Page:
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Title woes still a fact
09/01/2007 The Star

STRATA titles are important because they grant ownership to individual purchasers, who are not recognised as owners by the Land Office until the titles are issued. 

This loophole is worrisome, for should a developer ever go bankrupt, the property’s ownership could be transferred to a fresh developer’s company with a new set of requirements requiring purchasers to pay extra costs or even have the property taken away in default. 

Since the issue of ownership is not addressed specifically in any of the Acts, it would be a costly court battle for owners to prove otherwise. 

By right, the developer is supposed to apply for strata titles within six months of receiving certificates of fitness. 

Section 20(1) of the Strata Title Act states this while Section 20(1a) allows for an extension of a further three months. 

Failure to comply with this is covered by Section 22A of the Act, where the developer is liable, on conviction, to a fine not exceeding RM5,000 and a further fine not exceeding RM1,000 for each day the offence continues. 

In Penang, the Auditor General pointed out that the Land Office only prosecuted 13 developers for failing to submit the applications, despite sending 144 reminders. (The Star, Oct 7). 

The reason for the lack of prosecution given by Deputy Chief Minister Datuk Abdul Rashid Abdullah was that the Land Office only prepares the cases for prosecution to be undertaken by the State Legal advisor, but it was not mentioned how many cases the Land Office had prepared to be acted upon nor was it stated if any of the developers were fined for failing to comply with the Act. 

The Housing and Local Government Ministry will be tabling some amendments to the Act to address the concerns of ownership soon. 

The Condominium, Apartment and High-rise Committee (CAHC), however, asks if the amendments would truly address the issue because strata titles are supposed to be legal documents that spell out ownership. 

“While we applaud the amendments, there are some grey areas that need to be clarified,” said CAHC pro tem chairman Tengku Nazaruddin Zainuddin. 

“The question involves the delivery system, compliance by the developers and, of course, enforcement. 

“There seems to be no enforcement and developers are taking advantage of this. One can amend the Act yearly but if the delivery system, compliance and enforcement are absent, it does not change anything,” said Nazaruddin. 

CAHC currently has more than 40 condominium and apartment residents associations under its wing and has managed to solve several issues involving members.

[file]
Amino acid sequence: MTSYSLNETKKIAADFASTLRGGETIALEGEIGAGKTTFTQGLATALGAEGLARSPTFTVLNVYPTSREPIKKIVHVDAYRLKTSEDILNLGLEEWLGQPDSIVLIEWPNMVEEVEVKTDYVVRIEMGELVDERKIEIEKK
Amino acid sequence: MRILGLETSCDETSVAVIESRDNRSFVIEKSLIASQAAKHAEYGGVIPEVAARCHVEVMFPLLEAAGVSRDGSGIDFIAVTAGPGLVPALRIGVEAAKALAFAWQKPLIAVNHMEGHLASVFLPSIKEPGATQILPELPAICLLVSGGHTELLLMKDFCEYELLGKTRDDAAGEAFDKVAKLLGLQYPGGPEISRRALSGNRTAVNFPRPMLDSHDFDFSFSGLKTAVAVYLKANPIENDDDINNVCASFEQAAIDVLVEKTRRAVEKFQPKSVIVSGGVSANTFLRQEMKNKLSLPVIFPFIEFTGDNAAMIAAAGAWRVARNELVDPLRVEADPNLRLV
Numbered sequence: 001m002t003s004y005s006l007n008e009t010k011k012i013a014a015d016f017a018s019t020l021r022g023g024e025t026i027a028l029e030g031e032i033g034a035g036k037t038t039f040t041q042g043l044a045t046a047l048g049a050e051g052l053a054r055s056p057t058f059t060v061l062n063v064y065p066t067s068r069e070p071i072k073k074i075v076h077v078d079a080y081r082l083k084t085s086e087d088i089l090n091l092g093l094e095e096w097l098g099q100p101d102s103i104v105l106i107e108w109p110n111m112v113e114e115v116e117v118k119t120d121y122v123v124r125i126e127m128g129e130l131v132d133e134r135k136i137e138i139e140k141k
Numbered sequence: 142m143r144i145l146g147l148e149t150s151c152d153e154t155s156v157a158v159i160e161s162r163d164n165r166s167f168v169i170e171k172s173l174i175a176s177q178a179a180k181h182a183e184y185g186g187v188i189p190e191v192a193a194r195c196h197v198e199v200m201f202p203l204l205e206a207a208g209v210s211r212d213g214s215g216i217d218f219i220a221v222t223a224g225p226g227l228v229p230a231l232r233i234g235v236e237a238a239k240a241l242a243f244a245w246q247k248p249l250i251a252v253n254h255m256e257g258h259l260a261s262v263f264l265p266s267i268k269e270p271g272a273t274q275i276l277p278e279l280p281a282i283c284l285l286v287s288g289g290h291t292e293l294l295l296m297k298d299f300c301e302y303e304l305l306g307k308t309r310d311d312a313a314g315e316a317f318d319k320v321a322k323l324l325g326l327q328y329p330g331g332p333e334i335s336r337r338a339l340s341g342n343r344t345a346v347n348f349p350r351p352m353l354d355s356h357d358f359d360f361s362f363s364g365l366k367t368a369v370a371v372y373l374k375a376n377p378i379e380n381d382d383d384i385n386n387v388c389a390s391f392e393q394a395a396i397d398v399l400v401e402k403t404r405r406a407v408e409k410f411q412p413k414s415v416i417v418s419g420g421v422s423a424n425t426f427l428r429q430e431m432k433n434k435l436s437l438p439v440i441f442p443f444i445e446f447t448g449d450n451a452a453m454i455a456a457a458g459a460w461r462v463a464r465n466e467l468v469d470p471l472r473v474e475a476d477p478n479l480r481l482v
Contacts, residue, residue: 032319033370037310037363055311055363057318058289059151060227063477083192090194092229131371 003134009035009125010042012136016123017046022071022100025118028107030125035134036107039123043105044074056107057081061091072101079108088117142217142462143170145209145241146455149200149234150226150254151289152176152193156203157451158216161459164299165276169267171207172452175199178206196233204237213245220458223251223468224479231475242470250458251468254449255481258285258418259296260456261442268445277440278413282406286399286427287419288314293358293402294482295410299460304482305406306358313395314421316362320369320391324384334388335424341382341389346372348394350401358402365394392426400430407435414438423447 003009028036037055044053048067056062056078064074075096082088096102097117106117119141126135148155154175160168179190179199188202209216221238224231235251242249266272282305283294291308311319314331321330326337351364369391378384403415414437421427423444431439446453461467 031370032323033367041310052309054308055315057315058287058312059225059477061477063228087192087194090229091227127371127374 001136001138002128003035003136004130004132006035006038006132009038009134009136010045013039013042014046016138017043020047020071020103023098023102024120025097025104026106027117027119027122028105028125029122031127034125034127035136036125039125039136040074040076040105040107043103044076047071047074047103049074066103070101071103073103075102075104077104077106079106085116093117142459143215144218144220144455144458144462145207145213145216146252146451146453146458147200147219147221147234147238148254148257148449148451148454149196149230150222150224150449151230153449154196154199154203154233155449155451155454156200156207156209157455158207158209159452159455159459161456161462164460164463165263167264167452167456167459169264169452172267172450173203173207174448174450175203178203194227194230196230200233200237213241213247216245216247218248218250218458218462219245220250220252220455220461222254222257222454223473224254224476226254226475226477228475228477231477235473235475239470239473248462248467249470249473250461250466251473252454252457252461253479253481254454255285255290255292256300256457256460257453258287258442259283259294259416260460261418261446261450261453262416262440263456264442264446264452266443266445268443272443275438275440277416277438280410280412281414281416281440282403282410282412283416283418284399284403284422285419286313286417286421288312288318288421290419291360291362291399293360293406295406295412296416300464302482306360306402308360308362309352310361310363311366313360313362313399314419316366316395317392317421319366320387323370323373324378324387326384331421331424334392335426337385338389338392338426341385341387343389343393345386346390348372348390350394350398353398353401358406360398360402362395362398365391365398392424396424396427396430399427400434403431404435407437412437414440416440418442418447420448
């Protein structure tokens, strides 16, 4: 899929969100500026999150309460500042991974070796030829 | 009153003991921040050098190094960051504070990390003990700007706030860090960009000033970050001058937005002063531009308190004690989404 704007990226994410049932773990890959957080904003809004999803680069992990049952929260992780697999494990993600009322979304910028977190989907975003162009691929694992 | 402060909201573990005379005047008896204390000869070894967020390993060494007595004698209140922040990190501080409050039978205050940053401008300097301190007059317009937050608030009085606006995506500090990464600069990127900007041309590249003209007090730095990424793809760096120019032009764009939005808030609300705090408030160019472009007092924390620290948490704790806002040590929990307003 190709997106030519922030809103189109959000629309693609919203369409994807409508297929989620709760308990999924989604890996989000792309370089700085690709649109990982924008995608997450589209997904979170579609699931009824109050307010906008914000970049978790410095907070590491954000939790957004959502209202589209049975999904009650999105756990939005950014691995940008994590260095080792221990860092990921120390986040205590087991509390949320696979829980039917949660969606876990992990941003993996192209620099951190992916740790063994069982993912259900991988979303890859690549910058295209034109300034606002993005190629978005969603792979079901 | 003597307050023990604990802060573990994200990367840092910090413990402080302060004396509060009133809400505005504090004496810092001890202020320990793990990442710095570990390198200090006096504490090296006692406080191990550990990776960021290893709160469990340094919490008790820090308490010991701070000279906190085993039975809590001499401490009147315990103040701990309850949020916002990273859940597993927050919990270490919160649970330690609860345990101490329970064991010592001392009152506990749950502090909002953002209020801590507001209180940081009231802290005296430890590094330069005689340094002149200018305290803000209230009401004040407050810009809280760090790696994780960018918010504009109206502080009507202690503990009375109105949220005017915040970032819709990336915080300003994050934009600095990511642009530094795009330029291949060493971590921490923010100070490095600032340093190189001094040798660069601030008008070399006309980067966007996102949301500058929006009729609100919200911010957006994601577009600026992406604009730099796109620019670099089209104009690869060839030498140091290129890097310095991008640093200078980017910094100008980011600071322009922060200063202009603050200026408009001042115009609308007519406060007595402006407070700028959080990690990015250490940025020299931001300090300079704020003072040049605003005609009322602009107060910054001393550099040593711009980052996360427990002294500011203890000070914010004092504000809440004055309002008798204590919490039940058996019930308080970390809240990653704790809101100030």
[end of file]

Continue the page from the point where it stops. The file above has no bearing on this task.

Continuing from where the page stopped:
Currently, CAHC is working on problems faced by members ranging from harassment of vocal condominium owners to unexplained rate hikes by management corporations. 

Nazaruddin said the committee is working hard to fight for the rights of condominium dwellers using the law, following procedures and documenting the process. 

The efforts have yielded results, but Nazaruddin said the government should be the one taking responsibility for the problems caused by a lack of enforcement. 

The committee was formed under the All PJ Pro Action Committee (APPAC) banner and consists of members from the APPAC group. 

Residents who would like to get in touch with CAHC can call Tengku Nazaruddin at 012-284 9146, Chong Cheng Lai at 012-230 3639, Khong Chee Seng at 017-878 2881 and Koh Kheng Hoon at 03-7880 3084. 

Failed Solutions  

The Selangor Land and Mines Office tried to fix the problem of management corporations (MC) by coming up with a Pre MC solution where developers and owners form the MC prior to the issuance of strata titles in early 2005. 

Koh...‘There is little we can do.’

The initiative was meant to allow residsents to learn the finer points of running a condominium while preparing them to take over management when the strata titles are issued. 

Many developers do not support this and a government officer’s reply to the Kelana D’ Putera Residents Association when they tried to set up a Pre-MC was that the developers cannot be forced to agree. 

“There is little we can do because the developer refused to endorse it and we have a useless piece of paper,” said Kelana D’ Putera Residents Association president Francis Koh. 

Afer trying for the past seven years to get their strata titles, the Kelana D’ Putera RA was promised its titles at a meeting on Dec 9, 2005. 

Selangor housing and property board executive director Alinah Ahmad chaired the meeting, with Land and Mines Office strata and development policy management committee director Dr Azimuddin Bahari and officers from related departments present. 

The promise that strata titles would be issued to residents in June 2006 remains unfulfilled. 

Follow up attempts by the association went unanswered until recently, with a meeting scheduled for today.  

“We don’t know what else to do when the government is either ineffective or unable to process the strata titles for residents,” said Koh. 


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